Understanding Dehydration for Students
Have you ever wondered why you are so sleepy and tired? Do you find it difficult to concentrate and often have headaches? The answer may be as simple as drinking more water and staying hydrated. Dehydration is a huge issue amongst students. This is often due to living life in the fast lane, drinking alcohol, keeping busy, and staying awake by drinking caffeine and fizzy drinks.
The body is made up of 65% water, and it needs to be continually topped up so that it functions effectively. It only takes a slight reduction in water levels for side effects such as mood changes and headaches to be noticeable. The first sign that you are dehydrated is in fact when you feel thirsty. The body loses water in three main ways: breathing, sweating, and going to the toilet. These things happen every day without fail. If strenuous exercise or activity was undertaken or the temperature was really hot, then more water is lost.
Apart from noticing physical changes, you can easily tell if you are dehydrated by looking at the colour of your urine. A very light yellow means that you are well hydrated. A dark colour means you really need to drink more water.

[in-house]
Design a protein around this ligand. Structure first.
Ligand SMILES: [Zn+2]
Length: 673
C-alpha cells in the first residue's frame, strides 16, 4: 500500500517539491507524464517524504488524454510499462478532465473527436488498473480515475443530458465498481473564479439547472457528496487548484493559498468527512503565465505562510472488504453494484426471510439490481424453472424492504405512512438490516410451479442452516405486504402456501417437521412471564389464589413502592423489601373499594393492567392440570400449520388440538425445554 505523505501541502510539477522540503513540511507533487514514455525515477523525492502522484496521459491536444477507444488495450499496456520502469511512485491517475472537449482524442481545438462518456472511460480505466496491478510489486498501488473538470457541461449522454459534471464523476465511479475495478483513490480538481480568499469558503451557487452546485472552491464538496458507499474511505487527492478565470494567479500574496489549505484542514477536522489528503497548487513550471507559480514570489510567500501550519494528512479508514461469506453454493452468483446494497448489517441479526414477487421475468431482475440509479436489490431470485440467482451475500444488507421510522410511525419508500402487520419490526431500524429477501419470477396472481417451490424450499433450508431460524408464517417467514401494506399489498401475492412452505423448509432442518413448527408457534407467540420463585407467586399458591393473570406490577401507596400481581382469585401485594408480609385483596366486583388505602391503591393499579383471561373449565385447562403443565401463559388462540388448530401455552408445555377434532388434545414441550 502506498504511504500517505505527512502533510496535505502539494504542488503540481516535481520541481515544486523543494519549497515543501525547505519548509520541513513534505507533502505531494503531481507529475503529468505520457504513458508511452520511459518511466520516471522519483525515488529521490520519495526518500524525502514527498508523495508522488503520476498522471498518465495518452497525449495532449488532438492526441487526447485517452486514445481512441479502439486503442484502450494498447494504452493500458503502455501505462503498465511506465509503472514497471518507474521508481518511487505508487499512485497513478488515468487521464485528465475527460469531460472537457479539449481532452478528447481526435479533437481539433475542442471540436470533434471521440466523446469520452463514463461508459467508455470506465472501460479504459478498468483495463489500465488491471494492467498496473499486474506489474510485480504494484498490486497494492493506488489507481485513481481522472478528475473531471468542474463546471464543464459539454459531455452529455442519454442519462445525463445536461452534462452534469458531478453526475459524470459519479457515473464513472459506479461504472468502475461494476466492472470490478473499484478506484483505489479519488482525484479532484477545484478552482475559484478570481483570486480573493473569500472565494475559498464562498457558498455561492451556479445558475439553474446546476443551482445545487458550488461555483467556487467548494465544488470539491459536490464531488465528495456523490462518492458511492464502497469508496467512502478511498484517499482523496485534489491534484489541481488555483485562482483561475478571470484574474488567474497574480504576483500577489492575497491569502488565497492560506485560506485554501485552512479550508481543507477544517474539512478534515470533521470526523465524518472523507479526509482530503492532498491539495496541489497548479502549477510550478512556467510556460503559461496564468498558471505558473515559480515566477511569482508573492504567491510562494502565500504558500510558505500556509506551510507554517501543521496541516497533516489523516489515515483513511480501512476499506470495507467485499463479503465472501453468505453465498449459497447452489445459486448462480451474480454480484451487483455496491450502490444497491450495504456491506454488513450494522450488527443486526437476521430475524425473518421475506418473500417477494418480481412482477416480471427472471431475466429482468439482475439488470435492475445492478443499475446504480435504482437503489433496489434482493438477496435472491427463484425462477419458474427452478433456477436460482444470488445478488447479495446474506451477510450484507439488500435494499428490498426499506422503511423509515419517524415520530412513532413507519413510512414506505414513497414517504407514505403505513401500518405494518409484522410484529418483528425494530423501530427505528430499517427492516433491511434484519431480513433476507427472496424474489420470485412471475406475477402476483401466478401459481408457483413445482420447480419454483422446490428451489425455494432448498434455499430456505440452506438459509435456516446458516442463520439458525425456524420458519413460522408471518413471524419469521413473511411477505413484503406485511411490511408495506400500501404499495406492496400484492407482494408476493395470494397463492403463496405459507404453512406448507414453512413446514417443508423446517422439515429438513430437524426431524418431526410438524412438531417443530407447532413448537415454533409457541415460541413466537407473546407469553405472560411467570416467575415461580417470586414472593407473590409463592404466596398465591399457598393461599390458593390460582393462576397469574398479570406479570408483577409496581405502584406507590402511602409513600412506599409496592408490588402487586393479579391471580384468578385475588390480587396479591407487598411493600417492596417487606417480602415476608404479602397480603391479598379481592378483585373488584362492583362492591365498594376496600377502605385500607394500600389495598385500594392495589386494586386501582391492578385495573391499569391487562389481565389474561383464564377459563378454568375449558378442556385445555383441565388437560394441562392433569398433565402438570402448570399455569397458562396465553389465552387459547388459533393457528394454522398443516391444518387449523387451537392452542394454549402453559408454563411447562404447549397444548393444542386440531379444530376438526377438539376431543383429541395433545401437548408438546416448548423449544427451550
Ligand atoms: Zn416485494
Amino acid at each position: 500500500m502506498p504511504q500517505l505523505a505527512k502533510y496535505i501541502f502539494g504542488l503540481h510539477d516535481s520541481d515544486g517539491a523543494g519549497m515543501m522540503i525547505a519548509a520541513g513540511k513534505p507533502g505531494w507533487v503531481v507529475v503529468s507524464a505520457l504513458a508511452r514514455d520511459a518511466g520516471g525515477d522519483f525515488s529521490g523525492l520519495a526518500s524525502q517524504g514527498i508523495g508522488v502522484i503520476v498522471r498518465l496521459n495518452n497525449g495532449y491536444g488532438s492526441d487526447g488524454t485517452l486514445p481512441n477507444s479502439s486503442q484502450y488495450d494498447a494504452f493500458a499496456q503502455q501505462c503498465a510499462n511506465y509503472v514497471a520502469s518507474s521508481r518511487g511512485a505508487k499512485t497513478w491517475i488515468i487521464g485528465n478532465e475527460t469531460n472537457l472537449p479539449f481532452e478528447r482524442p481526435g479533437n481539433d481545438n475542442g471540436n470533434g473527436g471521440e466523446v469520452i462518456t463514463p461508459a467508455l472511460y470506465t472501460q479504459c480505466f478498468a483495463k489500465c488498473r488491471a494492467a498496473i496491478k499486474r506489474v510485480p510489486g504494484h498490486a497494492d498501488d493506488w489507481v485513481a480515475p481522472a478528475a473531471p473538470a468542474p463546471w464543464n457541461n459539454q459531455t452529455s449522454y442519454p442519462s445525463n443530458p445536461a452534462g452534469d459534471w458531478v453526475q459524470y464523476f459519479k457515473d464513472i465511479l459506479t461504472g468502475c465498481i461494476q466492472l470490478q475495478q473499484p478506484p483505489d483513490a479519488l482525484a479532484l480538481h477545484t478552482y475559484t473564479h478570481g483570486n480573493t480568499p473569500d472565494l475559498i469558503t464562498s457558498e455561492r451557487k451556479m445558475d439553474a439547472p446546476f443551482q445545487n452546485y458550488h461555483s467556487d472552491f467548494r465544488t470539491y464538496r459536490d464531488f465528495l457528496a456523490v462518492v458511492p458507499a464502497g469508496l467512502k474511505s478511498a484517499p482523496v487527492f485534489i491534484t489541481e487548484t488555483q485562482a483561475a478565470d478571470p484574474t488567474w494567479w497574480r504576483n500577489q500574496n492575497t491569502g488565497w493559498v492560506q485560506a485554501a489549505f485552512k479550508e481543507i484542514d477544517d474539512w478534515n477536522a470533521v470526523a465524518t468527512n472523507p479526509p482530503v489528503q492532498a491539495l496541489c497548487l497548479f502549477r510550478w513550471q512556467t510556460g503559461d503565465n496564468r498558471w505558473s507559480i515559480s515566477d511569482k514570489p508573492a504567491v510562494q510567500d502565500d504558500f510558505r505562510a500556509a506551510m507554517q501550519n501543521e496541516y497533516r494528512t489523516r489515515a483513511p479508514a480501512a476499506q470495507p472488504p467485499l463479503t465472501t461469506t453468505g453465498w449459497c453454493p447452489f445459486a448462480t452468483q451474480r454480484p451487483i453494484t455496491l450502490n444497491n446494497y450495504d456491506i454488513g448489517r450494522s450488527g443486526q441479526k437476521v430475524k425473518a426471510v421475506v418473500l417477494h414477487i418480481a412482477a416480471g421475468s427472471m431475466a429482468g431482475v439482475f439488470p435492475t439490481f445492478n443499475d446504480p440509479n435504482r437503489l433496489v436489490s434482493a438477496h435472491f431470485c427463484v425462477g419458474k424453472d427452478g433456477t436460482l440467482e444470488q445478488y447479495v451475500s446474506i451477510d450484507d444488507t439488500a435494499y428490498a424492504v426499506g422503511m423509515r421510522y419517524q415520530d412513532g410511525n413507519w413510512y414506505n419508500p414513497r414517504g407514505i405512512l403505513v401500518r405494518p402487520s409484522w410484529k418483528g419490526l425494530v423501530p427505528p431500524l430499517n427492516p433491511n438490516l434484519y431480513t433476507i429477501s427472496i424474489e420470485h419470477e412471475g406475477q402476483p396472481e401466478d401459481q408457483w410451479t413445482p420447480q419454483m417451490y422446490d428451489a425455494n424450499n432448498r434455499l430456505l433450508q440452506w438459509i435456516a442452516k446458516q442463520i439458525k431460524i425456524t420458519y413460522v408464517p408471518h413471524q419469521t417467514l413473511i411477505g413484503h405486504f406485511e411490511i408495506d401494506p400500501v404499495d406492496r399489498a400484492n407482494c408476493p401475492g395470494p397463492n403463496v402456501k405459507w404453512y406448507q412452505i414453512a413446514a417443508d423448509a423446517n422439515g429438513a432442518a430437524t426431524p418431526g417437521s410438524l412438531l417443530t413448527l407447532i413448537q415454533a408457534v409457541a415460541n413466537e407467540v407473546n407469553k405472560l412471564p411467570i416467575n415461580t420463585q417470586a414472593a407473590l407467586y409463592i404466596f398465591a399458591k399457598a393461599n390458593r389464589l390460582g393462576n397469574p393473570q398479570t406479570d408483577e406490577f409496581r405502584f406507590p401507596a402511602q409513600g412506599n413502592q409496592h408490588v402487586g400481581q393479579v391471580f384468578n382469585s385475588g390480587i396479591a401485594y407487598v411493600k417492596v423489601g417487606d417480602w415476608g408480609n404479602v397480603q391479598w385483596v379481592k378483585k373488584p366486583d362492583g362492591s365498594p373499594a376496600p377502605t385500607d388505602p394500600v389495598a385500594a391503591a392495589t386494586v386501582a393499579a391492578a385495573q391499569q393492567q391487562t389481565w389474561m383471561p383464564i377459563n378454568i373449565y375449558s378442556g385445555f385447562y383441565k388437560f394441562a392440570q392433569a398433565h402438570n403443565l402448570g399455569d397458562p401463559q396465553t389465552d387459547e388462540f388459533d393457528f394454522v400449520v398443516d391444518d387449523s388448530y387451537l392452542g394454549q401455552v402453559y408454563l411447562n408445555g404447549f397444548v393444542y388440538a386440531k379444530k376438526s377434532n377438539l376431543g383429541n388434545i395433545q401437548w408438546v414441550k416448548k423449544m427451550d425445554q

If you don't like drinking water on its own, try adding a piece of fruit or some sugar free squash to add some flavour to it. Fruit and vegetables are also full of water, as well as fibre, vitamins and minerals. Cooked pasta and rice are good sources of water too.
Be careful about the drinks you consume, as sugar is often added when it is not needed. Remember that the recommended amount of sugar in a day is only 30g or 6tsp. Fizzy drinks, fruit juices, smoothies, milk shakes and milky drinks from coffee shops all contain far more sugar than you think! Often one drink will be contain all 30g in one drink.
For the best start to the day, drink a glass of water every morning before you do anything. Your body will be very grateful! Also if possible have breakfast - it really does set you up for the day.